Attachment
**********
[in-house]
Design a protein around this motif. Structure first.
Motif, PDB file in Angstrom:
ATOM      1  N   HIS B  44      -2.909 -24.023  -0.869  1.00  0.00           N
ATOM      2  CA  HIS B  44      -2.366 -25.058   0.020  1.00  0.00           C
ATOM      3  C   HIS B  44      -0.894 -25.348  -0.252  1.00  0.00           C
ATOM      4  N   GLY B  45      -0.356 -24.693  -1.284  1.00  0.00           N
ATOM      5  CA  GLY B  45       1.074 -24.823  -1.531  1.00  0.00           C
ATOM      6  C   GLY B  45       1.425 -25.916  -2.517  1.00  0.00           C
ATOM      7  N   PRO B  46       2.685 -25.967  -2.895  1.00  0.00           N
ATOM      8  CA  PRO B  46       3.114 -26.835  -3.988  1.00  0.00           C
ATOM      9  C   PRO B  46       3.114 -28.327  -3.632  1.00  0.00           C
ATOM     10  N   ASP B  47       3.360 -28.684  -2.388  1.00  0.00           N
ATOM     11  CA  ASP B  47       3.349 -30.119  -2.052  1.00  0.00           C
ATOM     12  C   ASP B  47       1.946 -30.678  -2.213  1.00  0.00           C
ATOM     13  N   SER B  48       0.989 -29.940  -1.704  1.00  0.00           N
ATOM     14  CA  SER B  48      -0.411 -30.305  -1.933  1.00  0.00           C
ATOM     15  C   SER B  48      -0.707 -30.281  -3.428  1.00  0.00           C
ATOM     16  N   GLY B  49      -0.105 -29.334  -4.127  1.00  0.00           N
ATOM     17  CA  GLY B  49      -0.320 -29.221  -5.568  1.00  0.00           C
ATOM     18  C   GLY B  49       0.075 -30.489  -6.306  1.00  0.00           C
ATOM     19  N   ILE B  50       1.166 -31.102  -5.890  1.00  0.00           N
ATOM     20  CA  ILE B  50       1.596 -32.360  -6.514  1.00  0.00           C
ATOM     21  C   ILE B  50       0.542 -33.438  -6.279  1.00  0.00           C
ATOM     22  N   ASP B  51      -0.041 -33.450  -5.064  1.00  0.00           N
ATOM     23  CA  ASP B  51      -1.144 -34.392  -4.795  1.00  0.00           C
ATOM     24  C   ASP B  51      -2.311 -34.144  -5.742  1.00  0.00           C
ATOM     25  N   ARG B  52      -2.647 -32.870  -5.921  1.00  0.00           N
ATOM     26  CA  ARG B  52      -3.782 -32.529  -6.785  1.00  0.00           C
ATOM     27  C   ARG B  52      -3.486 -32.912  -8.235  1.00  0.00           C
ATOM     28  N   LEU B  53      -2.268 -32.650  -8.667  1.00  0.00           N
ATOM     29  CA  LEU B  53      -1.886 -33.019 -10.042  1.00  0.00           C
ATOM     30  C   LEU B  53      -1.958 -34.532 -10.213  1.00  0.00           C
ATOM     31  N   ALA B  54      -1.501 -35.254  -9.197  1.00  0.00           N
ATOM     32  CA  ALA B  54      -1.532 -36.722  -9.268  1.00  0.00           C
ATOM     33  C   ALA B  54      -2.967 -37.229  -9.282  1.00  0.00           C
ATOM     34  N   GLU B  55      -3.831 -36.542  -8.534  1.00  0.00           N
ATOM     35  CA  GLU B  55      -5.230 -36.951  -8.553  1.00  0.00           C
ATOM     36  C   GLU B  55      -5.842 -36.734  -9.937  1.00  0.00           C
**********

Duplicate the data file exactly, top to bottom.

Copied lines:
[in-house]
Design a protein around this motif. Structure first.
Motif, PDB file in Angstrom:
ATOM      1  N   HIS B  44      -2.909 -24.023  -0.869  1.00  0.00           N
ATOM      2  CA  HIS B  44      -2.366 -25.058   0.020  1.00  0.00           C
ATOM      3  C   HIS B  44      -0.894 -25.348  -0.252  1.00  0.00           C
ATOM      4  N   GLY B  45      -0.356 -24.693  -1.284  1.00  0.00           N
ATOM      5  CA  GLY B  45       1.074 -24.823  -1.531  1.00  0.00           C
ATOM      6  C   GLY B  45       1.425 -25.916  -2.517  1.00  0.00           C
ATOM      7  N   PRO B  46       2.685 -25.967  -2.895  1.00  0.00           N
ATOM      8  CA  PRO B  46       3.114 -26.835  -3.988  1.00  0.00           C
ATOM      9  C   PRO B  46       3.114 -28.327  -3.632  1.00  0.00           C
ATOM     10  N   ASP B  47       3.360 -28.684  -2.388  1.00  0.00           N
ATOM     11  CA  ASP B  47       3.349 -30.119  -2.052  1.00  0.00           C
ATOM     12  C   ASP B  47       1.946 -30.678  -2.213  1.00  0.00           C
ATOM     13  N   SER B  48       0.989 -29.940  -1.704  1.00  0.00           N
ATOM     14  CA  SER B  48      -0.411 -30.305  -1.933  1.00  0.00           C
ATOM     15  C   SER B  48      -0.707 -30.281  -3.428  1.00  0.00           C
ATOM     16  N   GLY B  49      -0.105 -29.334  -4.127  1.00  0.00           N
ATOM     17  CA  GLY B  49      -0.320 -29.221  -5.568  1.00  0.00           C
ATOM     18  C   GLY B  49       0.075 -30.489  -6.306  1.00  0.00           C
ATOM     19  N   ILE B  50       1.166 -31.102  -5.890  1.00  0.00           N
ATOM     20  CA  ILE B  50       1.596 -32.360  -6.514  1.00  0.00           C
ATOM     21  C   ILE B  50       0.542 -33.438  -6.279  1.00  0.00           C
ATOM     22  N   ASP B  51      -0.041 -33.450  -5.064  1.00  0.00           N
ATOM     23  CA  ASP B  51      -1.144 -34.392  -4.795  1.00  0.00           C
ATOM     24  C   ASP B  51      -2.311 -34.144  -5.742  1.00  0.00           C
ATOM     25  N   ARG B  52      -2.647 -32.870  -5.921  1.00  0.00           N
ATOM     26  CA  ARG B  52      -3.782 -32.529  -6.785  1.00  0.00           C
ATOM     27  C   ARG B  52      -3.486 -32.912  -8.235  1.00  0.00           C
ATOM     28  N   LEU B  53      -2.268 -32.650  -8.667  1.00  0.00           N
ATOM     29  CA  LEU B  53      -1.886 -33.019 -10.042  1.00  0.00           C
ATOM     30  C   LEU B  53      -1.958 -34.532 -10.213  1.00  0.00           C
ATOM     31  N   ALA B  54      -1.501 -35.254  -9.197  1.00  0.00           N
ATOM     32  CA  ALA B  54      -1.532 -36.722  -9.268  1.00  0.00           C
ATOM     33  C   ALA B  54      -2.967 -37.229  -9.282  1.00  0.00           C
ATOM     34  N   GLU B  55      -3.831 -36.542  -8.534  1.00  0.00           N
ATOM     35  CA  GLU B  55      -5.230 -36.951  -8.553  1.00  0.00           C
ATOM     36  C   GLU B  55      -5.842 -36.734  -9.937  1.00  0.00           C